The Green Bag was a popular legal magazine published in Boston between 1889 and 1914--the Progressive Era--containing news of legal events, biographies, and essays, generally in a lighthearted tone. The magazine was initially captioned "A Useless, but Entertaining Magazine For Lawyers"; later "An Entertaining Magazine for Lawyers". The name of the magazine was purported to reflect the use of green bags by barristers, although this assertion was disputed.
Charles Carroll Soule, owner of the Boston Book Company and publisher of The Green Bag, hired Horace Williams Fuller to be the first editor. A contemporary publication reviewed the initial efforts of The Green Bag as follows: "Although primarily intended for the amusement of lawyers, this magazine should be a welcome guest at any library table. It is certainly one of the brightest, sprightliest and most entertaining of all the non-scientific journals that come to The Microscopes book-table. Well edited, beautifully printed, finely illustrated, it should meet with a cordial reception from any intelligent reader."
In 1893, A. Oakey Hall began writing "reflective and authoritative essays on legal matters and some biographical sketches of famous people" for The Green Bag, including biographies of Samuel J. Tilden, William McKinley, William Jennings Bryan, and Alexander Hamilton. The success of The Green Bag prompted an imitator, The Canadian Green Bag, launched in January 1895 and edited by Francis Longueville Snow.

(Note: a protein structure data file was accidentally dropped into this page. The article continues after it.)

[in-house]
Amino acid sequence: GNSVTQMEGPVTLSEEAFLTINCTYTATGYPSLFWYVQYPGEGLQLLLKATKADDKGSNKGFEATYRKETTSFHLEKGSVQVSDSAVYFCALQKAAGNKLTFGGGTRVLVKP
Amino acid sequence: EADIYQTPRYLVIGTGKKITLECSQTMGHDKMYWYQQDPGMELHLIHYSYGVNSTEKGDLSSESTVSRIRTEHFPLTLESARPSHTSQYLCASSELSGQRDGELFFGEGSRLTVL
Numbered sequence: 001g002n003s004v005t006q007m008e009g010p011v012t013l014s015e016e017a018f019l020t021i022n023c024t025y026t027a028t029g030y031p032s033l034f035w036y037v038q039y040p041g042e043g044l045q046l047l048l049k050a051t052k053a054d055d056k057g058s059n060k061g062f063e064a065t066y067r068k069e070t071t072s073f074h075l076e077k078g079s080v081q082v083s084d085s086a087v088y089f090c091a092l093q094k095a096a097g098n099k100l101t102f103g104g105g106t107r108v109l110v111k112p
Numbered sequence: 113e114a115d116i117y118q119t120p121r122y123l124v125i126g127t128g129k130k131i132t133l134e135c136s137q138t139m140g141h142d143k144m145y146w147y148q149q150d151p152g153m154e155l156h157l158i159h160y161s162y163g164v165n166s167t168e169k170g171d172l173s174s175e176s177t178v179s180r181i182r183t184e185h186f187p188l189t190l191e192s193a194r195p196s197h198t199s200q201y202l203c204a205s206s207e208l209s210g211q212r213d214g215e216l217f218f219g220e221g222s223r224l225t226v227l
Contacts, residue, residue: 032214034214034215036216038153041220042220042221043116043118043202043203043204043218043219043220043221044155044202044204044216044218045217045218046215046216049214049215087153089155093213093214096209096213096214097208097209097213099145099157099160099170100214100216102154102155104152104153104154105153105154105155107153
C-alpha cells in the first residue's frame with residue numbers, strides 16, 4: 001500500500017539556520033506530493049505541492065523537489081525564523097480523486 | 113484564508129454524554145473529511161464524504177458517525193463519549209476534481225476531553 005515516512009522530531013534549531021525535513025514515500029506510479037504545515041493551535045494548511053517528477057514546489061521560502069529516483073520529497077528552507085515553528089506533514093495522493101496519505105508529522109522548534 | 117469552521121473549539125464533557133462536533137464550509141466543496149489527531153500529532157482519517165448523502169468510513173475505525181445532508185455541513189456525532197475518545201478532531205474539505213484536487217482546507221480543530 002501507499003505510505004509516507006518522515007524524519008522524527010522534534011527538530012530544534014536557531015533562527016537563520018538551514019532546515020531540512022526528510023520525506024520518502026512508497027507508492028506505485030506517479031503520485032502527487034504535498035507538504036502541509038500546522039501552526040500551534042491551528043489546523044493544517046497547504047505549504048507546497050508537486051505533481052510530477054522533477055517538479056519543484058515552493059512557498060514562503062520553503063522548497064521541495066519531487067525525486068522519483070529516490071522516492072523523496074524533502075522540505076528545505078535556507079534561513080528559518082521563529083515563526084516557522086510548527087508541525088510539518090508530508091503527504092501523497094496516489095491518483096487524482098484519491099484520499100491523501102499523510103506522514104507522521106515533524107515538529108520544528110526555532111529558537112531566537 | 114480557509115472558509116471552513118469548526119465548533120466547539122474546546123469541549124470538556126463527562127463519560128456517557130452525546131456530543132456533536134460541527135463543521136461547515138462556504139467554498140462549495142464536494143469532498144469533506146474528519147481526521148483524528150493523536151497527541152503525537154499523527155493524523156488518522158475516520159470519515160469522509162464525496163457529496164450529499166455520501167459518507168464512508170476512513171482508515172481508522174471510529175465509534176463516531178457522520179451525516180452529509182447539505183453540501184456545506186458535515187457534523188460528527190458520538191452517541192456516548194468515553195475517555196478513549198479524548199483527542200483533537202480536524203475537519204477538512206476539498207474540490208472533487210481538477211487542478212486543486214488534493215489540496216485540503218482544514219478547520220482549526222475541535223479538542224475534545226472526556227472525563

Fuller served as editor of The Green Bag until the end of 1900, some months before his death in 1901. Following Fuller's retirement, Thomas Tileston Baldwin became editor, and was evaluated by one reviewer as "a worthy successor to Mr. Fuller judging from his initial number." Baldwin served as editor from 1901 to 1904, giving up editorship in January 1905. During this time, the magazine's offerings included a series of articles contributed by David Werner Amram, which formed the substance of his 1905 book, Leading Cases in the Bible. In these, Amram approached the Bible in a spirit of free scientific inquiry and illuminated the legal problems involved even indirectly in the biblical narrative. The striking originality and charming style of the book was of interest to students of both the law and the Bible.
Editorship passed to Sydney Russell Wrightington from 1905 to 1909, then to Arthur Weightman Spencer from 1909 to 1915. At the beginning of 1915, The Green Bag was acquired by the Central Law Journal Company, which discontinued The Green Bag while fulfilling its subscription list with its own weekly Central Law Journal. Spencer, then-editor of The Green Bag, became assistant editor of The Central Law Journal.
In 1997, three former classmates at the University of Chicago Law School began publication of The Green Bag: An Entertaining Journal of Law as a quarterly legal journal dedicated to publishing good writing about the law. In calling itself an "entertaining" journal, it is not strictly a journal of humor and unserious work.